Oh, and outside of fantasy. Generally with poets who also write novels, it can be really great to hear recordings of them reading their own stuff. I’m thinking specifically of Jack Kerouac. After I heard the way he read his own stuff I had his voice in my head with every book of his I read after and it added a dimension that I was missing. Maybe somebody can submit an audio story sometime as an mp3 or wav file in the critique section. It would have to be a brave soul.
 

Cloud

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Chaucer and Shakespeare are meant to be spoken (or performed). That's the main function of rhyme--to facilitate memorization. All the classic epic poetry around the world is also meant to be spoken because there were no books, or the written word was for scholars and the tax men.

I'm not talking about that--I'm talking about run of the mill novels
 
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jackokent

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I'd have to agree with you Cloud. Audio books don't do it for me and whilst they can be Ok in a car they can also be quite annoying.

Ebooks surely can't be as versatlile (i wouldn't want to take my notepad into the bath).

So for me there are no real alternatives to books
 

Nesacat

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For me there will be no alternatives to books. Paper and the printed word. I love how they look, how they fit in my hands, the texture of the paper, the way books smell even. I've walked along shelves of books just running my fingers along the spines sometimes or reading random bits here and there.

However, I do believe there's a place for audio books if only because not everyone is a position to 'read' a book. In university I was part of a group of students who recorded books so people in homes, in hospitals and the blind students on campus would have greater access to them.

When I had surgery on my eyes a few years ago and had them all bandaged for a week and was then unable to properly see or read for several weeks after, I listened to books. Some were audio books and others were read to me by people who came to visit. It was something I still am very, very grateful for.

So while I could never replace a real book with an audio one and definitely not an e-book (i'd probably kill myself trying to read in the bath) I'd say they have a place in the big scheme of things.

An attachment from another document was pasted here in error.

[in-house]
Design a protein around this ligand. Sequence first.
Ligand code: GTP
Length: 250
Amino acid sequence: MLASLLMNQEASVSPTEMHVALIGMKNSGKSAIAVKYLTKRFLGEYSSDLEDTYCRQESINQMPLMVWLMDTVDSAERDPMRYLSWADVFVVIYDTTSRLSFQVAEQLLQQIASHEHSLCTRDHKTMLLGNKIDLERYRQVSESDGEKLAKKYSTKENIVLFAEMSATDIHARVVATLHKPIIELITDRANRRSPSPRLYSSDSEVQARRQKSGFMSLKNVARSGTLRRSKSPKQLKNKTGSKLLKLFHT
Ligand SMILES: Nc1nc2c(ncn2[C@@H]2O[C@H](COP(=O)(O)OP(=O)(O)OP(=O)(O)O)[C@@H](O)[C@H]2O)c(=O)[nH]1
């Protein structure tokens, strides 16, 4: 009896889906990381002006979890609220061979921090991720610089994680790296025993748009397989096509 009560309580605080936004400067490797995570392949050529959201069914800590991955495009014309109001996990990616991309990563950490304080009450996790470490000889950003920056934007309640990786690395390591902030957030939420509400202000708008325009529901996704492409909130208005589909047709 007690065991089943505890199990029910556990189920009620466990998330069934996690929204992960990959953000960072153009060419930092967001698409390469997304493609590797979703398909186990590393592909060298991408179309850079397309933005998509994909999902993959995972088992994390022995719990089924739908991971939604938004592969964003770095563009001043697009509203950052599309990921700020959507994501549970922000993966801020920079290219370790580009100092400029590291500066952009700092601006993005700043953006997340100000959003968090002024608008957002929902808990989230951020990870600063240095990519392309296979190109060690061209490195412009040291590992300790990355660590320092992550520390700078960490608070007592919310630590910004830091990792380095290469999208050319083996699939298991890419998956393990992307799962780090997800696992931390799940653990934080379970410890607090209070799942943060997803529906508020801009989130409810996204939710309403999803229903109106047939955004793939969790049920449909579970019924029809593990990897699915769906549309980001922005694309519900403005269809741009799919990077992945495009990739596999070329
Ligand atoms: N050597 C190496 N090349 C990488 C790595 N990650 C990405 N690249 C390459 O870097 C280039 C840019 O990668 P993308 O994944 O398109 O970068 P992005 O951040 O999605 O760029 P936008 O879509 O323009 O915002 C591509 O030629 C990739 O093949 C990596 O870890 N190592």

Loner

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I too love books. And as long as books exist I will never resort to ebooks which just annoy me and hurt my eyes much more than paper pages (not sure why that is, but there must be a scientific reason).

However audiobooks have a place in my life. I love to read, but I don't always have the time. I also love radio plays (I guess I just love stories) but we don't have radio plays any more (mores the pity), so sometimes I resort to audiobooks from the library to entertain me while I am doing a huge pile of dishes (damn my procrastination!), cooking dinner or knitting some long-awaited socks, things that don't leave my hands (or eyes) free for reading.

And if my eyesight ever goes I will be devastated!
 

Teresa Edgerton

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I think I've only tried listening to audio books twice, and in each instance the reader's way of "dramatizing" the text really, really annoyed me.

That's really not a fair sample to base an opinion on. I keep thinking that when I'm at the library I should pick up some more audio books and give them another chance, but I always forget.
 

littlemissattitude

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The only time I've ever been able to stick with an audio book, it was a book I had read a couple of times, and it was non-fiction.

My mind wanders too easily to really make a success of listening to audio books. Even when it is something I'm interested in listening to, I'll hear something that sends me off on some tangent of thought and I'll realize that I haven't heard anything that has been said for several minutes. This was a real problem when I was in school and trying to take notes during lectures, especially when I had a teacher who talked fast or didn't like to backtrack when I'd ask, "What was that you said after...?":D

I think part of my trouble with audio books has to do with the fact that I am very visually oriented. Sometimes, especially when I was in school, I would have to chart out information on a page, like making a map, in order to be able to really be able to understand it.
 

steve12553

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Cloud said: